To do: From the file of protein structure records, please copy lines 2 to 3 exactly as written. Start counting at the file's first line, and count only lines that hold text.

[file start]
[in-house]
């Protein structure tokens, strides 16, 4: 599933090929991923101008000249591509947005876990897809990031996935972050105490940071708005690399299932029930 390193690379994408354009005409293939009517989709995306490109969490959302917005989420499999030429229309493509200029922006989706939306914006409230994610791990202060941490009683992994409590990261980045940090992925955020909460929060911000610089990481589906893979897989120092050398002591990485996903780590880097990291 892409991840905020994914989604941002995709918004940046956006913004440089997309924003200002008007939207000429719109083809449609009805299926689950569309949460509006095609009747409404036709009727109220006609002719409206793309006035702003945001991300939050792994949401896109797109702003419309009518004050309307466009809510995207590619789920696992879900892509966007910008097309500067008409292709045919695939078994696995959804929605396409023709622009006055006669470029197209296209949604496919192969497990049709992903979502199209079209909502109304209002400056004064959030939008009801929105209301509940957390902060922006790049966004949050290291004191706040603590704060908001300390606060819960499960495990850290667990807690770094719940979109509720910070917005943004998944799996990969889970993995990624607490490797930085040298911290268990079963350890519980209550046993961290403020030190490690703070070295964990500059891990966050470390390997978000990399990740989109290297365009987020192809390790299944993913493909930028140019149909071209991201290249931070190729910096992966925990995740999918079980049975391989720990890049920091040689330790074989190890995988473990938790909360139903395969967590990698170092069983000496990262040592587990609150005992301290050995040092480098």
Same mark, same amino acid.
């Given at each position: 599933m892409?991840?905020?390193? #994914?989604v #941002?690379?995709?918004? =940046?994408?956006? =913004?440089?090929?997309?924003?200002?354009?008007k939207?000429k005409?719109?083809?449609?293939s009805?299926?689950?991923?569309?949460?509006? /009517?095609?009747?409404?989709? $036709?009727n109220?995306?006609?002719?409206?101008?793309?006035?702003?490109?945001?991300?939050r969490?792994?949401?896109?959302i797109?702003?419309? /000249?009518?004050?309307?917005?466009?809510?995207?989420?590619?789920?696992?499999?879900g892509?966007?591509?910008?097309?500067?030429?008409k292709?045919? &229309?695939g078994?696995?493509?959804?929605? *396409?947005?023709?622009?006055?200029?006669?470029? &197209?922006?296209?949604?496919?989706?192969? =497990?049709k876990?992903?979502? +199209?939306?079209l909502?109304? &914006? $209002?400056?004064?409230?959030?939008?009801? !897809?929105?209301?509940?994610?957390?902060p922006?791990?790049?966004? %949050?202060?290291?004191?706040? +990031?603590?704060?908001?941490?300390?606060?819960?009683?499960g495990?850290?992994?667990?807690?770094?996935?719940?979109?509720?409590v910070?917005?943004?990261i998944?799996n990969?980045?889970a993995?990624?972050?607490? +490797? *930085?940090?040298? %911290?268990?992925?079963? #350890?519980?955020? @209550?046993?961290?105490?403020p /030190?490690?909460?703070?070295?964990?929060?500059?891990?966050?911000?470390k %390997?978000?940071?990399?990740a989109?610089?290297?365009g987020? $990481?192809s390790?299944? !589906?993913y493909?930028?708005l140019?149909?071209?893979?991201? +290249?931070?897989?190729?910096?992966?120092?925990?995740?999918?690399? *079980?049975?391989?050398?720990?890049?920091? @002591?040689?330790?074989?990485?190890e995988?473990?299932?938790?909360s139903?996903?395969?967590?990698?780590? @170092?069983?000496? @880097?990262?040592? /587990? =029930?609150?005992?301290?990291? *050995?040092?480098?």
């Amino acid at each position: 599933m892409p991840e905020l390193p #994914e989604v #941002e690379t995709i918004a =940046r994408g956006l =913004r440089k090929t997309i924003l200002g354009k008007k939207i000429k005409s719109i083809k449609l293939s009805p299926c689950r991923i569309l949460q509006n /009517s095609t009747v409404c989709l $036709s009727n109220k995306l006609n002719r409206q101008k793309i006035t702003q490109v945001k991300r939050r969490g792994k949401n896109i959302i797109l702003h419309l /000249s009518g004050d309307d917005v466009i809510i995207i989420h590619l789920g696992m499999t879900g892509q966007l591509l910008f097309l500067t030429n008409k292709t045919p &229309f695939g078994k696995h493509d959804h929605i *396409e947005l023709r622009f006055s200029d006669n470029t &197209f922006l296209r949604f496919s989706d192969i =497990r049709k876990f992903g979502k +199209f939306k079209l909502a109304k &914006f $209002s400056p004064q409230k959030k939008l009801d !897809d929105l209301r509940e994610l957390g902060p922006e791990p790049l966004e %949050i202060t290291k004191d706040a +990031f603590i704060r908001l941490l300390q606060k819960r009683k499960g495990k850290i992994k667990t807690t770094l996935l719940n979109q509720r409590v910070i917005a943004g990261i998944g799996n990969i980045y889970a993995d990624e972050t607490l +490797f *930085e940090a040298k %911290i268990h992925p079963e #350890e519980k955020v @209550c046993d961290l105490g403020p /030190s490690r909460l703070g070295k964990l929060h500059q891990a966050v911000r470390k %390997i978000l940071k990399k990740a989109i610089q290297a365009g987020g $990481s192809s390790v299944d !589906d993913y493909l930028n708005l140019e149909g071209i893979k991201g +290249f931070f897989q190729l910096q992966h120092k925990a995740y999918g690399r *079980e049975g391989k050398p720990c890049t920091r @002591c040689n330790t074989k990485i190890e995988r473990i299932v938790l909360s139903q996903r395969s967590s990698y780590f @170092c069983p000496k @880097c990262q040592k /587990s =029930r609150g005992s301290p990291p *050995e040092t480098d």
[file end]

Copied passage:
């Protein structure tokens, strides 16, 4: 599933090929991923101008000249591509947005876990897809990031996935972050105490940071708005690399299932029930 390193690379994408354009005409293939009517989709995306490109969490959302917005989420499999030429229309493509200029922006989706939306914006409230994610791990202060941490009683992994409590990261980045940090992925955020909460929060911000610089990481589906893979897989120092050398002591990485996903780590880097990291 892409991840905020994914989604941002995709918004940046956006913004440089997309924003200002008007939207000429719109083809449609009805299926689950569309949460509006095609009747409404036709009727109220006609002719409206793309006035702003945001991300939050792994949401896109797109702003419309009518004050309307466009809510995207590619789920696992879900892509966007910008097309500067008409292709045919695939078994696995959804929605396409023709622009006055006669470029197209296209949604496919192969497990049709992903979502199209079209909502109304209002400056004064959030939008009801929105209301509940957390902060922006790049966004949050290291004191706040603590704060908001300390606060819960499960495990850290667990807690770094719940979109509720910070917005943004998944799996990969889970993995990624607490490797930085040298911290268990079963350890519980209550046993961290403020030190490690703070070295964990500059891990966050470390390997978000990399990740989109290297365009987020192809390790299944993913493909930028140019149909071209991201290249931070190729910096992966925990995740999918079980049975391989720990890049920091040689330790074989190890995988473990938790909360139903395969967590990698170092069983000496990262040592587990609150005992301290050995040092480098």
Same mark, same amino acid.